One of the reasons southern European countries have siestas is to enable people who work outside to avoid the extreme heat in the middle of the day.
We might have to emulate them if we’re to heed suggestions from a University of Otago study into workers’ exposure to high UV radiation levels.
Recommendations include providing shade for workers and scheduling outside work to avoid the most dangerous times for sun exposure.
That’s not difficult for tasks which can be done in tractors, most of which now have air conditioned cabs. But it’s easier said than done for some farm tasks such as mustering, although from my observations most farm workers are pretty good at wearing hats with wide brims which protect their heads and necks.
The suns-sense message is timely for me because I had my bi-annual skin check yesterday – something I’ve been doing ever since the removal of a couple of skin cancers – fortunately the least dangerous basal cell carcinomas – a decade ago.
Since then I’ve been very careful about the slip, slop, slap message – slip on a shirt, slop on sunscreen and slap on a hat. But that won’t protect me from the damage done when I was young and spent long summer days at the river, coming home bright red to liberal applications of *Q-tol, the bright pink lotion which took the sting out of sun burn.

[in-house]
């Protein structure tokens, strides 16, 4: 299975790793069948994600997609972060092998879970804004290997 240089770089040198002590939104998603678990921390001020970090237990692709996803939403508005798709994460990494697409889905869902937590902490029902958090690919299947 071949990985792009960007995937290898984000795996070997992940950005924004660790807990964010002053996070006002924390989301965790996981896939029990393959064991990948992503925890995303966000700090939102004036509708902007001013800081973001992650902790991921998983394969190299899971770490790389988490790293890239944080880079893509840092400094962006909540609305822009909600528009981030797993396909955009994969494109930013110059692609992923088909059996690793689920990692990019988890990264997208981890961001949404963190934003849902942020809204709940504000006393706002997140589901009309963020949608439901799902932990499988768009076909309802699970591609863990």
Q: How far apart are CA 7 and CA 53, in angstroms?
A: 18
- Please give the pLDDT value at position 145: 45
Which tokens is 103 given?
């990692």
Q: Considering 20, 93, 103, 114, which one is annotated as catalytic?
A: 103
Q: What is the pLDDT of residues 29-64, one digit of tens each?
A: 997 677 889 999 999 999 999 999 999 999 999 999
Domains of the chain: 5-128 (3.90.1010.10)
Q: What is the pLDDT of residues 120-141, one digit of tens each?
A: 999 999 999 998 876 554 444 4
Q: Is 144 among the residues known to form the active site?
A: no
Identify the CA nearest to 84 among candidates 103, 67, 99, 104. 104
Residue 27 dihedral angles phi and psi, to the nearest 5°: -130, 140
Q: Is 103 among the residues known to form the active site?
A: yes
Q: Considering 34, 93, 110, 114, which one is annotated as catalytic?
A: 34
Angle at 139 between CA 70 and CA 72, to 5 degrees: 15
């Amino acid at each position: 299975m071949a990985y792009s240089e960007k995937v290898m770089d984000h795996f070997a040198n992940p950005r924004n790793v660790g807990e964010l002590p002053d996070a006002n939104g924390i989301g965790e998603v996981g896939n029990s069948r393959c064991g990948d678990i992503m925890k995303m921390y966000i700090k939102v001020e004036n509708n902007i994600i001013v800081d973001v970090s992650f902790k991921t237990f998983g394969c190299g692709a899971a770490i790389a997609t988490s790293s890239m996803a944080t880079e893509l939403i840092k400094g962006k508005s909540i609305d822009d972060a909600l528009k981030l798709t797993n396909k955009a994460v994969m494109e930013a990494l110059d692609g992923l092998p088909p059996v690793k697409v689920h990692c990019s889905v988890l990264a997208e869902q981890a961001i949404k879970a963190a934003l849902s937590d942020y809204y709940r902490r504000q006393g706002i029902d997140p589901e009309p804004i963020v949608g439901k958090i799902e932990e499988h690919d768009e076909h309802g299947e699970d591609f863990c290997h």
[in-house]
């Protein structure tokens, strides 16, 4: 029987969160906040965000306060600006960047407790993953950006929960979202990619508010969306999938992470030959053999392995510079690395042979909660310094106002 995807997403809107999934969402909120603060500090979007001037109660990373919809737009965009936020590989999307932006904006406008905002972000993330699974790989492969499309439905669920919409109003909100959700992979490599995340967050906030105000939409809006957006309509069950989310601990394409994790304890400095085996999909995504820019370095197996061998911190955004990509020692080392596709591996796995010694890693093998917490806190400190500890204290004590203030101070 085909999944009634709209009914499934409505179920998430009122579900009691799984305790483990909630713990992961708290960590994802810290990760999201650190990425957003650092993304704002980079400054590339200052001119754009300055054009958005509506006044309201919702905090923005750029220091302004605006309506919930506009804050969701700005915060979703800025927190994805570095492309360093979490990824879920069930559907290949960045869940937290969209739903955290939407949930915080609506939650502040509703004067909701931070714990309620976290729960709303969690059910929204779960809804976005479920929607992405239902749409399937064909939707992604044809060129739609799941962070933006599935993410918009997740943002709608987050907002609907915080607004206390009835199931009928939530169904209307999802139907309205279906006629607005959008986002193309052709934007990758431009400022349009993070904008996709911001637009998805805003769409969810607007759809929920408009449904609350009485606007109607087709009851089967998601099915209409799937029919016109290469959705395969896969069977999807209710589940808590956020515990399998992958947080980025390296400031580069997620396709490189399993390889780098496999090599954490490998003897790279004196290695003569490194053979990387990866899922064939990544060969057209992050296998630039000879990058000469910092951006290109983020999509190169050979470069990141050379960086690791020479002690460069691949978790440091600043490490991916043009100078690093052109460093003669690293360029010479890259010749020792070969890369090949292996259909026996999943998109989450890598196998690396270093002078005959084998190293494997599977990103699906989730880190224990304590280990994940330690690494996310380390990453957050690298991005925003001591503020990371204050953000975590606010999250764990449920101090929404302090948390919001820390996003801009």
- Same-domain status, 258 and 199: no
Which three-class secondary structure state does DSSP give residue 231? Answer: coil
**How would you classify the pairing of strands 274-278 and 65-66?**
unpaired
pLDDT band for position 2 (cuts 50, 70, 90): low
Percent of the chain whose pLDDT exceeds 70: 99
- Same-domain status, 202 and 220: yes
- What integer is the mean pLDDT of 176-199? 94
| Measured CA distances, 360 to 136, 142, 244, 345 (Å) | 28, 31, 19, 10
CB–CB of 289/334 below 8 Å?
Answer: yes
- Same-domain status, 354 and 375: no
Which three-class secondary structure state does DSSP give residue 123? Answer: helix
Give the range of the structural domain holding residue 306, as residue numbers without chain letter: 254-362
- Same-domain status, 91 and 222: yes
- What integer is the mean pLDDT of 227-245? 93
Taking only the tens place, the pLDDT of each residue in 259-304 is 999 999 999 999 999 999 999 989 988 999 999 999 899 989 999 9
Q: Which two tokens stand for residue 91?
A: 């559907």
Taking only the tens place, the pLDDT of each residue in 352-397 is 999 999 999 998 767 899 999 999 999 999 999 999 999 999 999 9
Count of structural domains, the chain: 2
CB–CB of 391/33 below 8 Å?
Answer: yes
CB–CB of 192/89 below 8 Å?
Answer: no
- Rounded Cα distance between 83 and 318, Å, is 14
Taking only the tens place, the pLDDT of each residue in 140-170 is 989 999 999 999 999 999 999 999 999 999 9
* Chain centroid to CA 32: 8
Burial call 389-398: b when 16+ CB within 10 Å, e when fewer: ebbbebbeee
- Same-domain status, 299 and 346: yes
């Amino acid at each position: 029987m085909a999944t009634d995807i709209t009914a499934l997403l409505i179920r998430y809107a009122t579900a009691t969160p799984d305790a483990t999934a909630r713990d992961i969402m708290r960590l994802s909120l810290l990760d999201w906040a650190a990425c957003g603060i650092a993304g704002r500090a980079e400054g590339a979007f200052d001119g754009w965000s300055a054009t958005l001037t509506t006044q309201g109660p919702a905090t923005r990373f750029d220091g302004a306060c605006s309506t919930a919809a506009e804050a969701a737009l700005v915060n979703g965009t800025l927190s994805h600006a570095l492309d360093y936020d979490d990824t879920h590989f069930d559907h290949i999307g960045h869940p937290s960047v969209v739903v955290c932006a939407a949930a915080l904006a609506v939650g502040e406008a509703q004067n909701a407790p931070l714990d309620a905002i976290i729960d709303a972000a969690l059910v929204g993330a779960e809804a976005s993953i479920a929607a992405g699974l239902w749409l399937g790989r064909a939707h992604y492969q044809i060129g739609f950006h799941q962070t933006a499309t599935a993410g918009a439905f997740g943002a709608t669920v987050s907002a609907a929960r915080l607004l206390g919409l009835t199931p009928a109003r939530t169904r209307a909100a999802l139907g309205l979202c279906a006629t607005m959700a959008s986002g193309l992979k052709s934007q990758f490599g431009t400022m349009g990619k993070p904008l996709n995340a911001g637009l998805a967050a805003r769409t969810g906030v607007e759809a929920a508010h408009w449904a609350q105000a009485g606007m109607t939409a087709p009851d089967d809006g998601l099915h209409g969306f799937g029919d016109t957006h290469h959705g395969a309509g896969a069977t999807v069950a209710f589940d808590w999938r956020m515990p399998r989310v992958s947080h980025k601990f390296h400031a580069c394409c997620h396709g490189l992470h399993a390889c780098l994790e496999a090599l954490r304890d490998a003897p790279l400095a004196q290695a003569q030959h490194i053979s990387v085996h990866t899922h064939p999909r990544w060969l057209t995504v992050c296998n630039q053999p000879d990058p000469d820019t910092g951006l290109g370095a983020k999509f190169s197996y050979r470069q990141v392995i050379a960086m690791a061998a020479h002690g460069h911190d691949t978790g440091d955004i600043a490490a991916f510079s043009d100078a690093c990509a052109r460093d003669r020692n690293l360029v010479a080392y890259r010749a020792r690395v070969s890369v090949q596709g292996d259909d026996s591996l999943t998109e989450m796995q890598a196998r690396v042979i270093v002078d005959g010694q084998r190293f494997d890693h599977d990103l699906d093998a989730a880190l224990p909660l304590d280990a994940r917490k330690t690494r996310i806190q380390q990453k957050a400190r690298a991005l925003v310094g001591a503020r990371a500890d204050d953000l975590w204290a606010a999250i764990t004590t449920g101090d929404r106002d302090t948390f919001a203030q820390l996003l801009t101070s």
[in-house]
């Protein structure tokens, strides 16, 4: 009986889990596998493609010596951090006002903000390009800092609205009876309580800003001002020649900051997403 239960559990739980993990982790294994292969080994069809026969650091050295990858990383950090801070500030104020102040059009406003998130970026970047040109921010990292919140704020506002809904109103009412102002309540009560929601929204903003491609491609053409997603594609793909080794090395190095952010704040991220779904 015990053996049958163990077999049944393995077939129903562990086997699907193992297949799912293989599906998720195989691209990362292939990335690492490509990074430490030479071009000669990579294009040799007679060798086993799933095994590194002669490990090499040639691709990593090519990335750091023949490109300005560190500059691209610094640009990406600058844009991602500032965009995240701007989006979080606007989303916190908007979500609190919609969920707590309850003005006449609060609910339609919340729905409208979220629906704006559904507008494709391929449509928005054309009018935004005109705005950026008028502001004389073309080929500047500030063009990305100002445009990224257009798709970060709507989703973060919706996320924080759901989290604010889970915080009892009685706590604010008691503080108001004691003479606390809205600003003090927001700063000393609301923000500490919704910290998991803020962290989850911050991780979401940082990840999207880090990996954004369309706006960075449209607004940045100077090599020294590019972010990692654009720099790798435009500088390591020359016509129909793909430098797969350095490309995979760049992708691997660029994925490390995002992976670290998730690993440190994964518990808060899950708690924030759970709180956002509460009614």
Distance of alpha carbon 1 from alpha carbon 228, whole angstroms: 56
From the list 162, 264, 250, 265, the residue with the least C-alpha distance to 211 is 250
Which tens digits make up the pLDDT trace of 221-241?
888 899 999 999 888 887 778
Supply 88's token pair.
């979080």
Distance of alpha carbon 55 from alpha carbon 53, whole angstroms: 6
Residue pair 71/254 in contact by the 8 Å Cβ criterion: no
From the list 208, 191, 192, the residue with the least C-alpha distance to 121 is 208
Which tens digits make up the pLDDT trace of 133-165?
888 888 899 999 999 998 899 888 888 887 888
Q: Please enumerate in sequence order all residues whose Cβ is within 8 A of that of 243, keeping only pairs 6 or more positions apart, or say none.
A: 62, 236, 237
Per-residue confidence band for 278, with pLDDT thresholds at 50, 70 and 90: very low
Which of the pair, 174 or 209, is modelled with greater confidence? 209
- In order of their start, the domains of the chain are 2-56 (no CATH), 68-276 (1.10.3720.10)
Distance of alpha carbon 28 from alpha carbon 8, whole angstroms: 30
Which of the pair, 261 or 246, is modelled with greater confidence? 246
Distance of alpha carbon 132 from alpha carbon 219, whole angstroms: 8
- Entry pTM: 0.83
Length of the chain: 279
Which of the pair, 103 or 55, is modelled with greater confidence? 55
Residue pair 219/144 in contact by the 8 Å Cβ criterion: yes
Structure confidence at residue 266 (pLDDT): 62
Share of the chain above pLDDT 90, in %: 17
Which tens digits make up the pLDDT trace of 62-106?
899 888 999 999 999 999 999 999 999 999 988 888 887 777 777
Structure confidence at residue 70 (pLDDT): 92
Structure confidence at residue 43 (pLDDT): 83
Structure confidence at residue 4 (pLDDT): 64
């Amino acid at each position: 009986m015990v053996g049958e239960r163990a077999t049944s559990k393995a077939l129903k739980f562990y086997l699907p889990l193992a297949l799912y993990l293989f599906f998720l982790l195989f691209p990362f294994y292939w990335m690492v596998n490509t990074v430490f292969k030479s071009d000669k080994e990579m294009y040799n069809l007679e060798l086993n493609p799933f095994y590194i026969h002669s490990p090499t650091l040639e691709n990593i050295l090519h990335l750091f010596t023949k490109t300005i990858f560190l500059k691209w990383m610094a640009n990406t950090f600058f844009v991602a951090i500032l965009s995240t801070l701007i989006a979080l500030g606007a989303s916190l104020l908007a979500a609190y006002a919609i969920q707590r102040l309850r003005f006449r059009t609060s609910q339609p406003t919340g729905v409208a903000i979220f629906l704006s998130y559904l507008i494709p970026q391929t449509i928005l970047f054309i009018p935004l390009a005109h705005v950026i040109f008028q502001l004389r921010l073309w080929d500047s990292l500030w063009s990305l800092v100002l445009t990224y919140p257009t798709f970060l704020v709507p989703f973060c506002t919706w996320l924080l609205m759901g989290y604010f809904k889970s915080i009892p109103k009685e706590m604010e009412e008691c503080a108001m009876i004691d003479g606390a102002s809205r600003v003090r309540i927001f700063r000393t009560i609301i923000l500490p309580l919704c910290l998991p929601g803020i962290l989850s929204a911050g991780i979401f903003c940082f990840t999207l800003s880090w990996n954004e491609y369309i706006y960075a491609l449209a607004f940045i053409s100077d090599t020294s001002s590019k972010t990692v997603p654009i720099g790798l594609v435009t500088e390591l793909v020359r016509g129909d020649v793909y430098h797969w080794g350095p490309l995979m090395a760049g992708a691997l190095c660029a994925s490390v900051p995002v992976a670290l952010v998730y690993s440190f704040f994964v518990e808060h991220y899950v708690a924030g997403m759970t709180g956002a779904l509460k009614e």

Then I spent two summers while a student as a pool attendant in Taupo, wandering round in skimpy shorts and a sleeveless t-shirt, almost as keen on acquiring a tan as earning money.
There was some excuse then as there was little information available about the risk of skin cancer from over exposure to sun. That’s certainly not the case now but fashion has yet to catch up with the health message because a tan is still regarded as attractive and healthy while pale is often coupled with pasty as a observation on someone who doesn’t look their best.
* I don’t remember seeing Q-tol for years – is that because they’ve discovered something in it we shouldn’t be exposed to or has it just been replace dby something more effective?